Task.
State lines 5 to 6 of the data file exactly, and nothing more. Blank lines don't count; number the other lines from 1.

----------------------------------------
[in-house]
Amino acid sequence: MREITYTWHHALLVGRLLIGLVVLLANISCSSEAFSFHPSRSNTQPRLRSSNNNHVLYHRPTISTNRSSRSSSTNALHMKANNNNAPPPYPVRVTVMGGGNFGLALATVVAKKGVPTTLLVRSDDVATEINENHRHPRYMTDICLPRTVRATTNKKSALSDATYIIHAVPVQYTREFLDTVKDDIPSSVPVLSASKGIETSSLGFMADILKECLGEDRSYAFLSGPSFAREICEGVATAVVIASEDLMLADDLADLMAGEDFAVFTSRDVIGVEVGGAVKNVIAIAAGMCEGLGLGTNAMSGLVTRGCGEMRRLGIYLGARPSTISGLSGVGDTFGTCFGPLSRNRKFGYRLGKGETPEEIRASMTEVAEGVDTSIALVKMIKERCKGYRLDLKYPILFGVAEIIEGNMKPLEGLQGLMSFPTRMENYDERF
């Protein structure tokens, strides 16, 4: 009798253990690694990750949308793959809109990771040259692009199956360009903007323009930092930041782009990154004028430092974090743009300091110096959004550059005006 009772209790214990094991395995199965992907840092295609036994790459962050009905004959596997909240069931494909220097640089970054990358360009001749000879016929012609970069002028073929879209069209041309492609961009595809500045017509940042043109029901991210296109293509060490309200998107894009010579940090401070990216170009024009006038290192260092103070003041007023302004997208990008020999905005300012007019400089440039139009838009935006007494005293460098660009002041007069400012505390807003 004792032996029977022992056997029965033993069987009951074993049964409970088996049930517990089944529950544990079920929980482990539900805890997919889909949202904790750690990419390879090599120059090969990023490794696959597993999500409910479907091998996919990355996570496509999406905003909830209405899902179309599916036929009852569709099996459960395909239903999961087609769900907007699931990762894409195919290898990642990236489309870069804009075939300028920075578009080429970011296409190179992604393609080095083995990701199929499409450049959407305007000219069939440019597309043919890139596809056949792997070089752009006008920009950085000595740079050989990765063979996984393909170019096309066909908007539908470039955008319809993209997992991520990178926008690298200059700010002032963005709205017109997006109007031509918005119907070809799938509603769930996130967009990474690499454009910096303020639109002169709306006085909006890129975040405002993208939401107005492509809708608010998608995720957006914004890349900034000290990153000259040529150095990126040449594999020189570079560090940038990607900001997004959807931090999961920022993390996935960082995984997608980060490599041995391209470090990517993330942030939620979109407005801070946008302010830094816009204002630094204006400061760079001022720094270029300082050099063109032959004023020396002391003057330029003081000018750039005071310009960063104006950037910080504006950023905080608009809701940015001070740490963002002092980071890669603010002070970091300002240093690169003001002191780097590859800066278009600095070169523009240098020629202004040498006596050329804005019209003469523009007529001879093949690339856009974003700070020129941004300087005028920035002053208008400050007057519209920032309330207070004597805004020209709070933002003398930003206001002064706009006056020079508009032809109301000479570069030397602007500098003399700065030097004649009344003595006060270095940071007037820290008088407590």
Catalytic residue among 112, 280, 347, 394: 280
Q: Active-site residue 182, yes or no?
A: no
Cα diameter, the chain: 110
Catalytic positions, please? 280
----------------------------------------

Q: Active-site residue 182, yes or no?
A: no